FORT CAMPBELL, Ky. – Recognizing the inherent need for a program that addresses the physical demands of combat missions, three dozen Soldiers from 5th Special Forces Group (Airborne) attended the Tactical Strength and Conditioning workshop on Fort Campbell Nov. 12-14.
The TSAC course specializes in training combat forces, or tactical athletes, in the same manner as professional athletes, providing students with a greater understanding of the principles of fitness and nutrition.
“When preparing for competition, professional athletes dedicate many long hours to physical preparation,” said Mark Stephenson, director of the National Strength and Conditioning Association Human Performance Center.
“What we typically see with tactical athletes is they devote much of their time to improving on operational skill, shooting and communicating and so forth, and they don’t give as much time to operational strength, conditioning and nutrition. TSAC was designed to address those needs.”
TSAC was developed in 2006 by NSCA, an organization that has provided researched-based knowledge and practical application techniques to improve athletic performance and fitness since the late 1970’s.
During the workshop with 5th SFG(A), TSAC instructors broke the training up into three days of activities, including lectures on the science and nutritional requirements involved with fitness, leading the participants through sample regimens, and designing work-outs that emphasize functional strength.
“When we say functional movements, we’re talking about actual movements you can expect to see on a real mission or in the execution of your job,” said Greg Infantolino, NSCA Human Performance Center coach. “So we’re not going to teach you how to do better bicep curls if your job involves kicking down doors and doing sprints with full kit on chasing bad guys. It just wouldn’t be helpful.”
Stephenson believes in a system where the athlete can perform for longer periods of time by training smarter, as opposed to burning out too soon.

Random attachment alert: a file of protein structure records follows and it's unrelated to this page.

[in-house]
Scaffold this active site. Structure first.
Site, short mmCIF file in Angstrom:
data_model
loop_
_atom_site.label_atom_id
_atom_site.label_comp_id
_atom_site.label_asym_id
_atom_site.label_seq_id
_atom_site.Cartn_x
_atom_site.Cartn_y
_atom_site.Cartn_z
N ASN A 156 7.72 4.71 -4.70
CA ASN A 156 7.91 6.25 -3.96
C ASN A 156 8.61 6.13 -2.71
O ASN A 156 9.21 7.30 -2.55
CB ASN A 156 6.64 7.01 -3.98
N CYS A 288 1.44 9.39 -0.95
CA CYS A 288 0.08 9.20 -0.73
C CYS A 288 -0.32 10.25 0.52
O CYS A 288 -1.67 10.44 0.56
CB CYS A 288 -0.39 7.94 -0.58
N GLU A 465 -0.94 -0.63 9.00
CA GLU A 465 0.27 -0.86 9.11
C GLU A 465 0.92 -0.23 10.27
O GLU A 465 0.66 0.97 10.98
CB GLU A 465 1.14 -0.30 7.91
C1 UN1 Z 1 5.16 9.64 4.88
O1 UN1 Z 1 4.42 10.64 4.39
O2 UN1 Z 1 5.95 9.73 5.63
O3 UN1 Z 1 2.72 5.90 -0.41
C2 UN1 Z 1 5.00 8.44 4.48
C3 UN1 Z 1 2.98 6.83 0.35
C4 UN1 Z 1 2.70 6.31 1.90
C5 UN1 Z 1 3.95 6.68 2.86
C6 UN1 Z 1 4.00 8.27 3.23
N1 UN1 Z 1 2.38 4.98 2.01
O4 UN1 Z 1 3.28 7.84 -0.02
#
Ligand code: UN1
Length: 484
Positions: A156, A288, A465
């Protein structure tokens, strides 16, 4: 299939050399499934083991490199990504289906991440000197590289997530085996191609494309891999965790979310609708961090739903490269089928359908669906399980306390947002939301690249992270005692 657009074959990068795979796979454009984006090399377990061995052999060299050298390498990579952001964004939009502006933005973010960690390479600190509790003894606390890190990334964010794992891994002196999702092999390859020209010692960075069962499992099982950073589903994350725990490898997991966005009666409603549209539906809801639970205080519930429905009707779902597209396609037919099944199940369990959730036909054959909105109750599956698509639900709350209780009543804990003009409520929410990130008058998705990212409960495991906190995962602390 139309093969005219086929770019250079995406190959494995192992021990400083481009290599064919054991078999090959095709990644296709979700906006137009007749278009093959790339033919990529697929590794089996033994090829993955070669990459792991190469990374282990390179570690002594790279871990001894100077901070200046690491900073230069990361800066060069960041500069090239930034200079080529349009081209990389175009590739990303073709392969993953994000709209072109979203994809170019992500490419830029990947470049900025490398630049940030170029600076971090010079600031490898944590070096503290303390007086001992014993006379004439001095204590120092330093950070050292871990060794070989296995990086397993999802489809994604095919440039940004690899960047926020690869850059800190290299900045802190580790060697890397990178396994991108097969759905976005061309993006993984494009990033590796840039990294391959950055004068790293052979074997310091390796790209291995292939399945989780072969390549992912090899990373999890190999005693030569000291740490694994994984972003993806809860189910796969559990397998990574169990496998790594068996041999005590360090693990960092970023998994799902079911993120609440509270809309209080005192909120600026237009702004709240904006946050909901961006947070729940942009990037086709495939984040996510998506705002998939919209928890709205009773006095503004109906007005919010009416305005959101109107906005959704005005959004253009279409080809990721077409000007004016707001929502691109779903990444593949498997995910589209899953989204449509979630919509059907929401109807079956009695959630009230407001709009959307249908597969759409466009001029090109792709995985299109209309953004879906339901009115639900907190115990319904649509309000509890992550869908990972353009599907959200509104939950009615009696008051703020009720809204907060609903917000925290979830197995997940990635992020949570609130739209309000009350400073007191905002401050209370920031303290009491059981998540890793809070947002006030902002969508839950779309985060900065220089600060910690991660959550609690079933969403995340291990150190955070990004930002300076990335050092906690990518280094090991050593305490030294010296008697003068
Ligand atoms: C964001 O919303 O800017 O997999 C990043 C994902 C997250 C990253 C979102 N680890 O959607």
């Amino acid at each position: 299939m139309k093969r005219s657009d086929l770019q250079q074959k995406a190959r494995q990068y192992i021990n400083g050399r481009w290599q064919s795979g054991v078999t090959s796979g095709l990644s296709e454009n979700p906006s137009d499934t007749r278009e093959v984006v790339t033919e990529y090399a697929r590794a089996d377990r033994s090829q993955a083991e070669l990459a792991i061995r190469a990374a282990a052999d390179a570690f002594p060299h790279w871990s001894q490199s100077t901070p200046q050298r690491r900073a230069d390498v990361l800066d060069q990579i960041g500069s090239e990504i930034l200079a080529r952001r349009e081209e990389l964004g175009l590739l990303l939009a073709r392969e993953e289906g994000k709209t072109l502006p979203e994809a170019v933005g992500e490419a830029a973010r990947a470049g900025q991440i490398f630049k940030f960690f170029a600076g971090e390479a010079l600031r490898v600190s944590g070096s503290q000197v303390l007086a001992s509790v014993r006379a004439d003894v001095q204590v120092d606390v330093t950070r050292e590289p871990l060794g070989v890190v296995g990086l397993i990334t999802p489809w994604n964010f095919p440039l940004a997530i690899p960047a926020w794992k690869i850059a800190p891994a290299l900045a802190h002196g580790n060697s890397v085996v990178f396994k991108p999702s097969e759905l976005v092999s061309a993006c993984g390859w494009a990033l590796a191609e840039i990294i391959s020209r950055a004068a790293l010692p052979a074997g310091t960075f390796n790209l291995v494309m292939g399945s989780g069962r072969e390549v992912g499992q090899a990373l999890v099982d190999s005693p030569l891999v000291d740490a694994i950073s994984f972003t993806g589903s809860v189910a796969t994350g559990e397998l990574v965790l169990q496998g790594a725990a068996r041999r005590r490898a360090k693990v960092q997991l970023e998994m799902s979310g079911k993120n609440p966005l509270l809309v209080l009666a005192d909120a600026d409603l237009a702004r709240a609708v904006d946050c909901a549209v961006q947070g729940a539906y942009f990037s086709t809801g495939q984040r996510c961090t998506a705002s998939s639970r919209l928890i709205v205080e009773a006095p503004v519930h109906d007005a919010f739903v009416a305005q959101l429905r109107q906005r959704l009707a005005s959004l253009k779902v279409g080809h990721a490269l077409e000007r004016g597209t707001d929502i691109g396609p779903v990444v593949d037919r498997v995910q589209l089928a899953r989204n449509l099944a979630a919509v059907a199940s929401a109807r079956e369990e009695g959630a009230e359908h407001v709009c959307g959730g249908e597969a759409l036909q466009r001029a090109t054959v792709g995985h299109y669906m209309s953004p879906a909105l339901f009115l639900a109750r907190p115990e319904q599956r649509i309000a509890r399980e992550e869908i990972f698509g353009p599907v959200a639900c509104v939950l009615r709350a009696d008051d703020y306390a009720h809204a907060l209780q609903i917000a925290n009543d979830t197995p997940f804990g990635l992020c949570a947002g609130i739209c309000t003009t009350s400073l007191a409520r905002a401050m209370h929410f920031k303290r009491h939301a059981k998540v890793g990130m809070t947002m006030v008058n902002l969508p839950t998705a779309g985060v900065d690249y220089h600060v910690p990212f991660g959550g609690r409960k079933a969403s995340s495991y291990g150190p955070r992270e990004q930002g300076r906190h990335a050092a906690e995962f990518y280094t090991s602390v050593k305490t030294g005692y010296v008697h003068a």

“The military has invested millions of dollars into these operators’ training and they want their moneys worth. So for an operator to physically train hard the wrong way and get only a few years of operational time because of injury, it’s a waste,” Stephenson said. “We teach techniques so that instead of three or four years, they can stay healthy and operate for 12-15 years.”
The TSAC program was primarily designed for military, but they routinely offer their services to law enforcement and other civilian agencies, all the while making sure to tailor the workshop to their audience.
“We work with police officers, firefighters, Emergency Medical Services, as well as conventional military units and special ops,” said Stephenson, and we understand that they have different missions and different requirements, so we conform the training to their individual needs. If that involves holding the workshop for five to 10 days instead of three or doing more of something specific and less in other areas, that’s just what we’ll do.”
The TSAC instructors spend on average 15 weeks a year travelling and conducting workshops. If you or your unit is interested in scheduling a workshop, contact Mark Stephenson at email@example.com or you can view the website at http://www.nsca-lift.org/TSAC .